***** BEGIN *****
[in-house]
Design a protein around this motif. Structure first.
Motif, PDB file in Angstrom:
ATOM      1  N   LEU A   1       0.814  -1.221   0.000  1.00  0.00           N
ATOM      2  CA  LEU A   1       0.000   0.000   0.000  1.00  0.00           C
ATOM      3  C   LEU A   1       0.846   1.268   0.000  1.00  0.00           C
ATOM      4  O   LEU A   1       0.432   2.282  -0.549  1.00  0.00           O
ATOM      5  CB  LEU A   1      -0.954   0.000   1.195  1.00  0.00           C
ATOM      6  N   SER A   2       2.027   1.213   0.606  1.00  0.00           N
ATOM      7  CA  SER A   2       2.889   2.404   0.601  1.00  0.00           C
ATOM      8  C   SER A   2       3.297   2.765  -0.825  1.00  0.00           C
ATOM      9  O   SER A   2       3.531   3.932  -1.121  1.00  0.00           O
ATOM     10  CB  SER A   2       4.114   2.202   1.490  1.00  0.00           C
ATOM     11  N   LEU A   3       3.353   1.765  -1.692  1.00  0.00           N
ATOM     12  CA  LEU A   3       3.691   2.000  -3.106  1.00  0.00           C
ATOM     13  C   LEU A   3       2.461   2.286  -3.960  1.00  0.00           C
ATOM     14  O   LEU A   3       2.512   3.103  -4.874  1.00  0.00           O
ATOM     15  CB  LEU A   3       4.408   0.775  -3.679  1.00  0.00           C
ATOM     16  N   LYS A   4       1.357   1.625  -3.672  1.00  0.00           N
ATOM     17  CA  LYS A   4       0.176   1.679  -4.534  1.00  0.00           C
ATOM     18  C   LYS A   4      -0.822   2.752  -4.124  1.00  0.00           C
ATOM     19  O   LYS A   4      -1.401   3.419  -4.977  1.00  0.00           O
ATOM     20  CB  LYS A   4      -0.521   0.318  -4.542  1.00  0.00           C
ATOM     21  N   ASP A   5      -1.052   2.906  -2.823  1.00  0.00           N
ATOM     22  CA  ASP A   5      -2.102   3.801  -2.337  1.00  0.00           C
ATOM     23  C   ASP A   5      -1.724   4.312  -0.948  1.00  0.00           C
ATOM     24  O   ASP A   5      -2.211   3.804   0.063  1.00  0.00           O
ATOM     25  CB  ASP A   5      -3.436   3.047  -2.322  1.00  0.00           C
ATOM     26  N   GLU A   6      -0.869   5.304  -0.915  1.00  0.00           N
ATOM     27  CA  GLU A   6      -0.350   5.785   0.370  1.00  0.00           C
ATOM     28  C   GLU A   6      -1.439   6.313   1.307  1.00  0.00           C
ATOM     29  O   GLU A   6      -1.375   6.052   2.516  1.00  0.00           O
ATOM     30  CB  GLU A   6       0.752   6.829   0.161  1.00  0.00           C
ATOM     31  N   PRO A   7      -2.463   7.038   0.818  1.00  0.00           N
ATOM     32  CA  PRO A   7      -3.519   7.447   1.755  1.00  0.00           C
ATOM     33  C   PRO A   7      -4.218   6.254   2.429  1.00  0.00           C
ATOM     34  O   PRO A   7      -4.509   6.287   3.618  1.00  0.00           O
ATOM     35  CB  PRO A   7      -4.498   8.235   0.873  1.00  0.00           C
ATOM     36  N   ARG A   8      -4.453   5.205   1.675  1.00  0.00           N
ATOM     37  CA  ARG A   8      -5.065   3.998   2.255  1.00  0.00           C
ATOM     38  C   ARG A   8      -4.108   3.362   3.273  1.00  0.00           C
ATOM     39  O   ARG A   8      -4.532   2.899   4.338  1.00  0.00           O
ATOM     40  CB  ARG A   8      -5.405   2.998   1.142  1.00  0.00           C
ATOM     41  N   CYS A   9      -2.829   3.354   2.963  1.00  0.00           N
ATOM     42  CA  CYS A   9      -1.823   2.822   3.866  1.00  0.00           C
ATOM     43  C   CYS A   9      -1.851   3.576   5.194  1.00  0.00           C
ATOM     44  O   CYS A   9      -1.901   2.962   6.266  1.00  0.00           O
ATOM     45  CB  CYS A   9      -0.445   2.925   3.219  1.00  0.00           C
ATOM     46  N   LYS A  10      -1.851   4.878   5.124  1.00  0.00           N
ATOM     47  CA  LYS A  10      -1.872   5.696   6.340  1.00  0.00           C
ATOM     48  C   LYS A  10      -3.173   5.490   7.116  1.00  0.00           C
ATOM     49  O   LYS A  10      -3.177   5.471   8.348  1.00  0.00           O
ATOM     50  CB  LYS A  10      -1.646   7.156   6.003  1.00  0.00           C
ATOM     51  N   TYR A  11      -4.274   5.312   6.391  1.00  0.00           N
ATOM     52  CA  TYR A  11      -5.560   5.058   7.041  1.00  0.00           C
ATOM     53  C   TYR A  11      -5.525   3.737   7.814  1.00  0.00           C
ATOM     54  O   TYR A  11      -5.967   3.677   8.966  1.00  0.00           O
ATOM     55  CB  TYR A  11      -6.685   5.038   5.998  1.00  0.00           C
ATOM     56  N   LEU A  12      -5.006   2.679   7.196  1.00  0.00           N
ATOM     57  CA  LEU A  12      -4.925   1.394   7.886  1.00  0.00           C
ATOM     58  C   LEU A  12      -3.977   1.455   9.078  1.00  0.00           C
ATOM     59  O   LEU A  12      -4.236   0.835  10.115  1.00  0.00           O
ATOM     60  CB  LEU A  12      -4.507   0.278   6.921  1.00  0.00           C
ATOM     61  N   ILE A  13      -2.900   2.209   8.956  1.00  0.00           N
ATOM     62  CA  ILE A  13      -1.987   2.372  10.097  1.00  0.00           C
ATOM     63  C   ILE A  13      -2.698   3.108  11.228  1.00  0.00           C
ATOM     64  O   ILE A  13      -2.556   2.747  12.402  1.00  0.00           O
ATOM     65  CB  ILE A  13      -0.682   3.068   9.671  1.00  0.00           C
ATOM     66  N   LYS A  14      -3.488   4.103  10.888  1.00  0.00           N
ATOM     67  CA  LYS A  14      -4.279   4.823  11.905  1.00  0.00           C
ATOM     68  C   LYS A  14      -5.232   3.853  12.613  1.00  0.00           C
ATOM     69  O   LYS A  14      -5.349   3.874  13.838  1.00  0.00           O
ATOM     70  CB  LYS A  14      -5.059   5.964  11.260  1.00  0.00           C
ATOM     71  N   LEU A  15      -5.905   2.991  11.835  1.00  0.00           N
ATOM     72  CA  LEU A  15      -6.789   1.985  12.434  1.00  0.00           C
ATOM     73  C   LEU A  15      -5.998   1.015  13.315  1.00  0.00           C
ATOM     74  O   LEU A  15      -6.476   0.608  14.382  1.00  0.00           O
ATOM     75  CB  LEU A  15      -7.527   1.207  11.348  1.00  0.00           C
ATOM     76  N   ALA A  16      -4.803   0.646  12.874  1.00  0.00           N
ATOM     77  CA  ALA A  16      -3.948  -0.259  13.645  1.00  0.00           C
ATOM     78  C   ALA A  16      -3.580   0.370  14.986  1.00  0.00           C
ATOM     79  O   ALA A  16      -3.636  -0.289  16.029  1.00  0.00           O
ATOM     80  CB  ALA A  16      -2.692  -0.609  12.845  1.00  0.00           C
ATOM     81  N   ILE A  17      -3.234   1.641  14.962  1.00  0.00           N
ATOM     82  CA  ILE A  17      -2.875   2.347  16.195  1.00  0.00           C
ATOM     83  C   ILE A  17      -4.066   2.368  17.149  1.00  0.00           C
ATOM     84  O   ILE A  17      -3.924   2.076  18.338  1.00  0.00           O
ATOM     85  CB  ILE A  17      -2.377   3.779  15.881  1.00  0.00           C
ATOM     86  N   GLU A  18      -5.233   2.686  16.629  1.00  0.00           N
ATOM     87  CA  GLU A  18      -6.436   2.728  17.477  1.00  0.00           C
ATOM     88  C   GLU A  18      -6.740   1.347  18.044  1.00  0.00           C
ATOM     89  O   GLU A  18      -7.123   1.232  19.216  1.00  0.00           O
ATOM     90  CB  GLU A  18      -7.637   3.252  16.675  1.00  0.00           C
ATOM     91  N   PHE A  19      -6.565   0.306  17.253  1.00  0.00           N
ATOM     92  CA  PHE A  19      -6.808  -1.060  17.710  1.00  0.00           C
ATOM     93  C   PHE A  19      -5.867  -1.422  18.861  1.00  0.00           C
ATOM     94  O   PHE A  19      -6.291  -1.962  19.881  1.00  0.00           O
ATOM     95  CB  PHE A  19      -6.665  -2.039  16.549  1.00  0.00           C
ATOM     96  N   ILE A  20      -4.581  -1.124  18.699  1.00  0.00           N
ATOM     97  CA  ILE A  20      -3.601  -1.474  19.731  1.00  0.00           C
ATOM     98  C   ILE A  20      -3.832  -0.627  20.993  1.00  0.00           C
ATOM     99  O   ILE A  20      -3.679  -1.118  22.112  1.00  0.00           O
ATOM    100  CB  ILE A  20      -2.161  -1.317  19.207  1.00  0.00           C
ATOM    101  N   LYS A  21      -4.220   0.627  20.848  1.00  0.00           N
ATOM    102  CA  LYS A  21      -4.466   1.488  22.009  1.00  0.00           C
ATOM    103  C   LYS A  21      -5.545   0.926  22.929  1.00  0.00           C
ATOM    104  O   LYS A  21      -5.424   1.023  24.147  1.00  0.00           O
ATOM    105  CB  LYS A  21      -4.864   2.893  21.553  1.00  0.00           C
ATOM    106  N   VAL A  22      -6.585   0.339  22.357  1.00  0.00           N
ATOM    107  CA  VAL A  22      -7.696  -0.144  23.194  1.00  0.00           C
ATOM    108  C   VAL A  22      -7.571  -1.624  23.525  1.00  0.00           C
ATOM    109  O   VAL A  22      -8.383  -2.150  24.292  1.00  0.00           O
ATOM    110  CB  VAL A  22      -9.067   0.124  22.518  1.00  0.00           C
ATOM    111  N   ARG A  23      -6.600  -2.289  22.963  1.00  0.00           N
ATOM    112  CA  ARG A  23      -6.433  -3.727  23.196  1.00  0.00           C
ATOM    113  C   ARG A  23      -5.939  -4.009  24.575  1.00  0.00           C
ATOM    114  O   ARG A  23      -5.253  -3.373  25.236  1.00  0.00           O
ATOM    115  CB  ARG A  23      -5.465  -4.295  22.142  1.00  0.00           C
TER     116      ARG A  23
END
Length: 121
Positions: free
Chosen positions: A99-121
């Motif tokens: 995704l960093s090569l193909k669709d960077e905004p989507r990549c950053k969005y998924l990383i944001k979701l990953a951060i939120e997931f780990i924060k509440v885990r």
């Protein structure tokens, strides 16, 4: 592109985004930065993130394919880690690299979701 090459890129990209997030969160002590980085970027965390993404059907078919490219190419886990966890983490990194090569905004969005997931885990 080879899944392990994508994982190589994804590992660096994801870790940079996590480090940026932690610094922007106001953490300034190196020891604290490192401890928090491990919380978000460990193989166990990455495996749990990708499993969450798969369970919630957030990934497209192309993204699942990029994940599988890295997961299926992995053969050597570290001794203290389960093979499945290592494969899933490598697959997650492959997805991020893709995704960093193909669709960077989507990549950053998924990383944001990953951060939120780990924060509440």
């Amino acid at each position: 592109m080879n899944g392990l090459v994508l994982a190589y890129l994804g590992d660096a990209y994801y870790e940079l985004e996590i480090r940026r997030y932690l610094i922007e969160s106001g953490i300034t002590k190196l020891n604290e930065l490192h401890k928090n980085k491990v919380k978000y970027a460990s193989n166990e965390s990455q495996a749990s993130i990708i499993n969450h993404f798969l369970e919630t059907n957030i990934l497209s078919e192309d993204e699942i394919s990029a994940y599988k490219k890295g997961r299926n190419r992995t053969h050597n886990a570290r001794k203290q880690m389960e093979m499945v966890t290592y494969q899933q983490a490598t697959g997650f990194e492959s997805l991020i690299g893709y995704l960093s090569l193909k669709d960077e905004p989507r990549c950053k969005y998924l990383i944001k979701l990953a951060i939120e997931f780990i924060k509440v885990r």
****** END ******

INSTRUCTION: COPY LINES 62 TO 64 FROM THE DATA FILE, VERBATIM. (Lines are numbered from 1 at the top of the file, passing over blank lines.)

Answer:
ATOM     59  O   LEU A  12      -4.236   0.835  10.115  1.00  0.00           O
ATOM     60  CB  LEU A  12      -4.507   0.278   6.921  1.00  0.00           C
ATOM     61  N   ILE A  13      -2.900   2.209   8.956  1.00  0.00           N